In connection with two of these prosecutions, a magistrate judge had issued a pretrial order forbidding Murtari from “even entering peaceably onto federal property.” But this, the court said, was permissible:

Without question, a defendant who is under court supervision, including based upon a conditional pretrial release order, does not necessarily forfeit all of his or her First Amendment rights. Consequently, in fashioning suitable conditions to govern the defendant’s release pending trial on the various charges against him in this case, the court was required to do so in a manner which would result in no greater intrusion upon defendant’s constitutional rights, including those guaranteed under the First Amendment, than reasonably necessary in order to effectuate the objectives of the Bail Reform Act, and to additionally insure defendant’s compliance with the court’s order.

The order issued by Judge DiBianco on September 7, 2007 undeniably restricted defendant’s access to a forum which otherwise would be available to him, as a member of the public, for certain activity protected under the First Amendment. That order was issued, however, based upon specific findings by the court that defendant had previously been charged and convicted of engaging in criminal conduct at the Federal Building and had “indicated that he can not assure the Court that he will not engage in identical conduct during the pendency of [the criminal proceedings in which that order was issued].” Under those circumstances I find that the order issued by Judge DiBianco was reasonable and was limited to encroaching upon defendant’s First Amendment rights only to the extent necessary based upon his findings….

Finally, one more example, from U.S. v. Brown (D. Ariz. 2008):

Defendant has been indicted for receiving and possessing child pornography; hence, probable cause exists that Defendant committed these sexually-related  crimes. Mr. Emerick testified that “there is a relationship between viewing sexually explicit pornography depicting consenting adults … and the potential for viewing child images and/or committing hands-on offenses against children.” In view of that relationship, the pretrial release condition that “[t]he defendant shall not access via computer or possess any photographs or videos of sexually explicit conduct …” is a condition that will further protect the public from Defendant, while on pretrial release.

Such a condition directly serves the Government’s “legitimate and compelling” pretrial goal of protecting the public, and constitutes only a limited abridgement of Defendant’s First Amendment rights for a relatively short period of time [citing a probation condition case, and Murtari].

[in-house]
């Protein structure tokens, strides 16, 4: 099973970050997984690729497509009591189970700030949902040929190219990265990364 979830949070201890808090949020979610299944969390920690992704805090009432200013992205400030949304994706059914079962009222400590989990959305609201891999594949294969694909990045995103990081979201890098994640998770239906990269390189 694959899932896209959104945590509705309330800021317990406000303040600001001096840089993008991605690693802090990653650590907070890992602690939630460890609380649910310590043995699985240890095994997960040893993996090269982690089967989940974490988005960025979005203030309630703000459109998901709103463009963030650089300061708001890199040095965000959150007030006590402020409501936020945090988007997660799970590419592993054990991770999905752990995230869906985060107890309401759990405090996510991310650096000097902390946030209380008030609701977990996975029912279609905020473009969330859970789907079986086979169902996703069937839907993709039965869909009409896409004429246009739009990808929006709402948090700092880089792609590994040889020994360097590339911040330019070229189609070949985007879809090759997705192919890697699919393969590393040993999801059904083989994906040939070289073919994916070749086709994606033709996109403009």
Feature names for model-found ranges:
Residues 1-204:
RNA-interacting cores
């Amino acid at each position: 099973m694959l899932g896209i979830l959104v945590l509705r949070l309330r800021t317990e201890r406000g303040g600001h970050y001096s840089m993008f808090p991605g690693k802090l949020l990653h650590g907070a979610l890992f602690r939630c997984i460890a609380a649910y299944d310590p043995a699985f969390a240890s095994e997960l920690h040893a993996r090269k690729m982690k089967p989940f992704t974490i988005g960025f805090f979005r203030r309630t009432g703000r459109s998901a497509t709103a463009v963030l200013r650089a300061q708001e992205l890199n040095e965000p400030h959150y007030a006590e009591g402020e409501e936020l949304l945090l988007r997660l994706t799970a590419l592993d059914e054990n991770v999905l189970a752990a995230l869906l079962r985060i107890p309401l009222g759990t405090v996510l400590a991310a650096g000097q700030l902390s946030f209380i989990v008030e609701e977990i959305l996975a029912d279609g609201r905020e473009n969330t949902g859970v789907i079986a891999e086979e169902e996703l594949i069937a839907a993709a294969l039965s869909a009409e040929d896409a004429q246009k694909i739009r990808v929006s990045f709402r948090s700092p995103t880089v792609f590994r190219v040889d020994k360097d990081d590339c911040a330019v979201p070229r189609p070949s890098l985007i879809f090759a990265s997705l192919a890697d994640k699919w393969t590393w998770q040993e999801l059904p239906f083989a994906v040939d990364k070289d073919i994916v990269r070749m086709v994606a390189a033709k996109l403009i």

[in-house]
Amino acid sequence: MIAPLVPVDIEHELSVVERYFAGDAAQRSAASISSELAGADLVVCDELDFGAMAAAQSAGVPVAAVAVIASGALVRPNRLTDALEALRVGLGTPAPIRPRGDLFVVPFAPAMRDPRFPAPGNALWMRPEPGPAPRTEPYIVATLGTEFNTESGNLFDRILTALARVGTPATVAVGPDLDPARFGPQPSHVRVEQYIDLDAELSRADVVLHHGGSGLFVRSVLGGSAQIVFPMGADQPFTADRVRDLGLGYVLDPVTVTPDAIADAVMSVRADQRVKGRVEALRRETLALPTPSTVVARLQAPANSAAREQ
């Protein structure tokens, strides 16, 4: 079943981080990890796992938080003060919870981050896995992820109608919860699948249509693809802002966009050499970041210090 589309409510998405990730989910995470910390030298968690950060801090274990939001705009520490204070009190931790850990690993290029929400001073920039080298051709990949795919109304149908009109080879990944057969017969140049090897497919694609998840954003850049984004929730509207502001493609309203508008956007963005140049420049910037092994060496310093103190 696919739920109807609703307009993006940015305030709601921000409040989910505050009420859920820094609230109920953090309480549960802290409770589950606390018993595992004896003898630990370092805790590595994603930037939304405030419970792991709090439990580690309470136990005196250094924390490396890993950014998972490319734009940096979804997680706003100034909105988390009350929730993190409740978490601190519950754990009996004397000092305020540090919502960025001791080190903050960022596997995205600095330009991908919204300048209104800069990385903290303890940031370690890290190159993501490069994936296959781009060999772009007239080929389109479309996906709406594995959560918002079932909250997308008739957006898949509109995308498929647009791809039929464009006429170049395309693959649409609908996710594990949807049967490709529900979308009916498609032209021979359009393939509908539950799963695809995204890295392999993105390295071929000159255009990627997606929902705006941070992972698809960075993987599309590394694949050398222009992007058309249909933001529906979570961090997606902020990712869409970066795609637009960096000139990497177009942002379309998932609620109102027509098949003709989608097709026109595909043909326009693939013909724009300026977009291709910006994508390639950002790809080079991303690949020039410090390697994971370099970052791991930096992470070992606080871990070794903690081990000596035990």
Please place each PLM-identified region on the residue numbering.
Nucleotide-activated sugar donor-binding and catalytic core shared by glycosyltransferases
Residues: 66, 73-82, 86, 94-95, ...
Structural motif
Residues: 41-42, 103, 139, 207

[3.] I couldn’t find any Supreme Court case or appellate case dealing specifically with speech-restrictive pretrial release conditions, but U.S. v. Scott (9th Cir. 2006) dealt with pretrial release conditions that limited defendant’s Fourth Amendment rights. (The conditions had allowed warrantless random drug testing and warrantless home searches of people who have been released pending trial.) It was a controversial, 2-1 decision, with seven judges dissenting from denial of rehearing en banc; but Judge Alex Kozinski’s panel majority opinion had this to say:

[There is a] “… well-established principle that parolees and other conditional releasees are not entitled to the full panoply of rights and protections possessed by the general public” … [based on] the “transformative changes wrought by a lawful conviction and accompanying term of conditional release,” and the “severe and fundamental disruption in the relationship between the offender and society, along with the government’s concomitantly greater interest in closely monitoring and supervising conditional releasees,” occasioned by a conviction and imposition of release conditions….

But Scott, far from being a post-conviction conditional releasee, was out on his own recognizance before trial. His privacy and liberty interests were far greater than a probationer’s. Moreover, the assumption that Scott was more likely to commit crimes than other members of the public, without an individualized determination to that effect, is contradicted by the presumption of innocence: That an individual is charged with a crime cannot, as a constitutional matter, give rise to any inference that he is more likely than any other citizen to commit a crime if he is released from custody. Defendant is, after all, constitutionally presumed to be innocent pending trial, and innocence can only raise an inference of innocence, not of guilt.

While the Supreme Court has upheld the constitutionality of pretrial detention on grounds of dangerousness, the Court stressed that the statute it was upholding contained important safeguards, including the requirements that defendant be accused of a particularly serious crime and that dangerousness be proved to a neutral judicial officer by clear and convincing evidence. See Salerno.

Neither Salerno nor any other case authorizes detaining someone in jail while awaiting trial, or the imposition of special bail conditions, based merely on the fact of arrest for a particular crime. To the contrary, Salerno was explicit about what must occur under the federal Bail Reform Act—beyond arrest—before a pretrial criminal defendant could be detained: “In a full-blown adversary hearing, the Government must convince a neutral decisionmaker by clear and convincing evidence that no conditions of release can reasonably assure the safety of the community or any person.”